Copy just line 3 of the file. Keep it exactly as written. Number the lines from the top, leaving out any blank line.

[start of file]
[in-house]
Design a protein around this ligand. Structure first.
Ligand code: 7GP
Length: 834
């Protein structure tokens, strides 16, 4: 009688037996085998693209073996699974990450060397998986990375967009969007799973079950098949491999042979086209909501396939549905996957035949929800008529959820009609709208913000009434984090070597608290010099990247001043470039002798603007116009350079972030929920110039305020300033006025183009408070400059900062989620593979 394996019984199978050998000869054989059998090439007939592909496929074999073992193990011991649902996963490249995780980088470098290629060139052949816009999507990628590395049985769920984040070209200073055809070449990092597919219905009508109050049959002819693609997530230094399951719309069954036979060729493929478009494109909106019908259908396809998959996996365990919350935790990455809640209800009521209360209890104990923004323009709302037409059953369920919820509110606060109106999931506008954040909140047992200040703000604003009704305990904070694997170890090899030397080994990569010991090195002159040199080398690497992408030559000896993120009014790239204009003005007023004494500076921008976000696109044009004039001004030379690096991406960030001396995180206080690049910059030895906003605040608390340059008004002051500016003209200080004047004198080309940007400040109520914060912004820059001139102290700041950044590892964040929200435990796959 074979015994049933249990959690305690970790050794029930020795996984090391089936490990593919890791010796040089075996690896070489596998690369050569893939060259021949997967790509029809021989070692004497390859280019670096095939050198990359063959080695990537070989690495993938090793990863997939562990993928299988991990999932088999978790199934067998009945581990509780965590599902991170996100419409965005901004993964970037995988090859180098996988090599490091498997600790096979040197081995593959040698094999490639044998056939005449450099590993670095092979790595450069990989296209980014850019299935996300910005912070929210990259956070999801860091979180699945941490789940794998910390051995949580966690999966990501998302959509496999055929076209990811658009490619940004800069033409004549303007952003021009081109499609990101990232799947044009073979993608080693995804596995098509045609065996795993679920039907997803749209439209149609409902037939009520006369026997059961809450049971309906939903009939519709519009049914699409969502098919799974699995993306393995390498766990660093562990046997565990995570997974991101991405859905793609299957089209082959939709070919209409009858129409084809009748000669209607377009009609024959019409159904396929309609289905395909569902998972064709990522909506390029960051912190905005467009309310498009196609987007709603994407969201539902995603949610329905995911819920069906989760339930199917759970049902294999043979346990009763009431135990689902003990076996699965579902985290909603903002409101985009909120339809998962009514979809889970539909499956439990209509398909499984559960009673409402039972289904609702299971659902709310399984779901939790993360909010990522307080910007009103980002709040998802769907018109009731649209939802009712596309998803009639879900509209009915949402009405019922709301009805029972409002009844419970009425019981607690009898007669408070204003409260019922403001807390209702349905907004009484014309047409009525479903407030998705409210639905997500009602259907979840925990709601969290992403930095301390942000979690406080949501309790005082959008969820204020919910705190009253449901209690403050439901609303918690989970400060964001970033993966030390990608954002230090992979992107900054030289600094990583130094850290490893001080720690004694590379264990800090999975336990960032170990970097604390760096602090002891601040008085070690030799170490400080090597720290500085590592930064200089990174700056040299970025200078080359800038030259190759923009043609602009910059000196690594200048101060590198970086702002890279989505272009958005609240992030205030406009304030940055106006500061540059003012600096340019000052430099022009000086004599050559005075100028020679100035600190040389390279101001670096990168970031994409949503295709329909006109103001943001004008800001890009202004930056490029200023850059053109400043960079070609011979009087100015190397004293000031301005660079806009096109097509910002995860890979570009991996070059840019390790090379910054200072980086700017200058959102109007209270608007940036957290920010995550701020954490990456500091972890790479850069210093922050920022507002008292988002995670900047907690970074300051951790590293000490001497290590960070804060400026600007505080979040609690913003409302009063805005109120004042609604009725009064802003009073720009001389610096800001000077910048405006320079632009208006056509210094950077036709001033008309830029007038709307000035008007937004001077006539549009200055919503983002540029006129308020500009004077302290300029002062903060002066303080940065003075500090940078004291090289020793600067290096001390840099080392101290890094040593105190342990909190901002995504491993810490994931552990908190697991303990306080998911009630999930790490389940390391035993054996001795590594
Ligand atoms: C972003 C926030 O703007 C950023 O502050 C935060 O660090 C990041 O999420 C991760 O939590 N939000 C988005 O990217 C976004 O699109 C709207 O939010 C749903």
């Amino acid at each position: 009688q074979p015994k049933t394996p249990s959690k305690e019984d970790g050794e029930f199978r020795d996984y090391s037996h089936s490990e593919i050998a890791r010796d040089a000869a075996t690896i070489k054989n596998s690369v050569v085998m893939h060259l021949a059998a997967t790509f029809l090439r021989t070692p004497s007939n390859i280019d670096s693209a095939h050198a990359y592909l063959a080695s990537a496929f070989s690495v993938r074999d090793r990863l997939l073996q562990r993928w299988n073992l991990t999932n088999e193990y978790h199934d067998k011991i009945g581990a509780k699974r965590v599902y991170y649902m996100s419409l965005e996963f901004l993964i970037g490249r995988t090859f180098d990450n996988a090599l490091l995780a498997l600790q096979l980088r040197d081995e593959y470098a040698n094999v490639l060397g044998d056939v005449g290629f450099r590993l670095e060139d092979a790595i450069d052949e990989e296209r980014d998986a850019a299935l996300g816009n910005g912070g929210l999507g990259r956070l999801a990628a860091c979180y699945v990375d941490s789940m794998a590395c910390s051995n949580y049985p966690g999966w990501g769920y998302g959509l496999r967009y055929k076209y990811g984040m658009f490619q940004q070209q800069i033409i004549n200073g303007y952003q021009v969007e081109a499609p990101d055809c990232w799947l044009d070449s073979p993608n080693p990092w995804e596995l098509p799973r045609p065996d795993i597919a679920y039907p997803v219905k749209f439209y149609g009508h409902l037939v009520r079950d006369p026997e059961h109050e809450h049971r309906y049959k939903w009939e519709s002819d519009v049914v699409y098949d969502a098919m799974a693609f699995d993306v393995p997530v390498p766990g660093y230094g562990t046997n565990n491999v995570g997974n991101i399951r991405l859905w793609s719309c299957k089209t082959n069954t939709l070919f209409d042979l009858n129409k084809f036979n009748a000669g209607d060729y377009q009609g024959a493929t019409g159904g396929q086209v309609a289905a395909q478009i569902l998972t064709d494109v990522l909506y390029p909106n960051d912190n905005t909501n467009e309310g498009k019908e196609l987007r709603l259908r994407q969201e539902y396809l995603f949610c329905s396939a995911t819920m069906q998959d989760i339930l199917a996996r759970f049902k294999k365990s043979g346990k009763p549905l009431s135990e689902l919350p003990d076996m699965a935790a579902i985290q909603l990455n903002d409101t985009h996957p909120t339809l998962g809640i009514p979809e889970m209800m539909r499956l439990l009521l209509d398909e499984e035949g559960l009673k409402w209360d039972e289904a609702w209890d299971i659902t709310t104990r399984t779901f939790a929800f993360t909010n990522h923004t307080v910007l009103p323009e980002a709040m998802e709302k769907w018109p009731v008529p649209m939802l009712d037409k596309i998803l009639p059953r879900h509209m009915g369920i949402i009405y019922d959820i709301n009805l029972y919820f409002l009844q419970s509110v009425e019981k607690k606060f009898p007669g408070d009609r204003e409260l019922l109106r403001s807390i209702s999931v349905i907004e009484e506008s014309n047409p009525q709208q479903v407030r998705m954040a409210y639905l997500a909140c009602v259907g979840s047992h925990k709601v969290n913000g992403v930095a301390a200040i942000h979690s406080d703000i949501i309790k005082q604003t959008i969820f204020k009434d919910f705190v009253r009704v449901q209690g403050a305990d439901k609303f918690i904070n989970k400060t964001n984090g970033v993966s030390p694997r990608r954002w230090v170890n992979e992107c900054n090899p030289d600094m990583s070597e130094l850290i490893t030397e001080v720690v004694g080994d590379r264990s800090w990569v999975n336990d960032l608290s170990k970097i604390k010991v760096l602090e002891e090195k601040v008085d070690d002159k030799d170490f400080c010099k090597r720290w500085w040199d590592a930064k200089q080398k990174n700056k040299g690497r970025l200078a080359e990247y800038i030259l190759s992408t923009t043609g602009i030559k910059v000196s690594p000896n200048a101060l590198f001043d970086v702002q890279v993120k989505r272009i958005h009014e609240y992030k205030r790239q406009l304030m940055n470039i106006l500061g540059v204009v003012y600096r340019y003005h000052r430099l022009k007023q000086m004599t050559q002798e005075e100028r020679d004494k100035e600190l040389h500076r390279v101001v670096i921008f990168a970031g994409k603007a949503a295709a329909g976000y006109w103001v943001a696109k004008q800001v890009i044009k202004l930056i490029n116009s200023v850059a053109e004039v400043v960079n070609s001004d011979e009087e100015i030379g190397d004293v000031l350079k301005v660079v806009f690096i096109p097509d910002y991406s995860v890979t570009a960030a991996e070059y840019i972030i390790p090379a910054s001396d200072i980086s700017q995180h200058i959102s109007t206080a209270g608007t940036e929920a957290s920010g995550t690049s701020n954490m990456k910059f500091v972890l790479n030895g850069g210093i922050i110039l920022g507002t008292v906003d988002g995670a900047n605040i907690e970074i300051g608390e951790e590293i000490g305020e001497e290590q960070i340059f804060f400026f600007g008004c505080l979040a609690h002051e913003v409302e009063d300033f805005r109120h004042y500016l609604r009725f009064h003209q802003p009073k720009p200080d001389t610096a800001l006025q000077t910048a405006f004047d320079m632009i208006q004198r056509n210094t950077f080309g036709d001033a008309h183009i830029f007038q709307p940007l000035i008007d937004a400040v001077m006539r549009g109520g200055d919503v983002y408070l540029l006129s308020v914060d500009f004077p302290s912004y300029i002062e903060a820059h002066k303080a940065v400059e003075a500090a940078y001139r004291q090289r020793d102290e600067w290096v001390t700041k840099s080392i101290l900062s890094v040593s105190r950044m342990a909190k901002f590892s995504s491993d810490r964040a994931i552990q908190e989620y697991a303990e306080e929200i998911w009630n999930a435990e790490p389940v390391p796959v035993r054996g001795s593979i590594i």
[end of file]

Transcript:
Ligand code: 7GP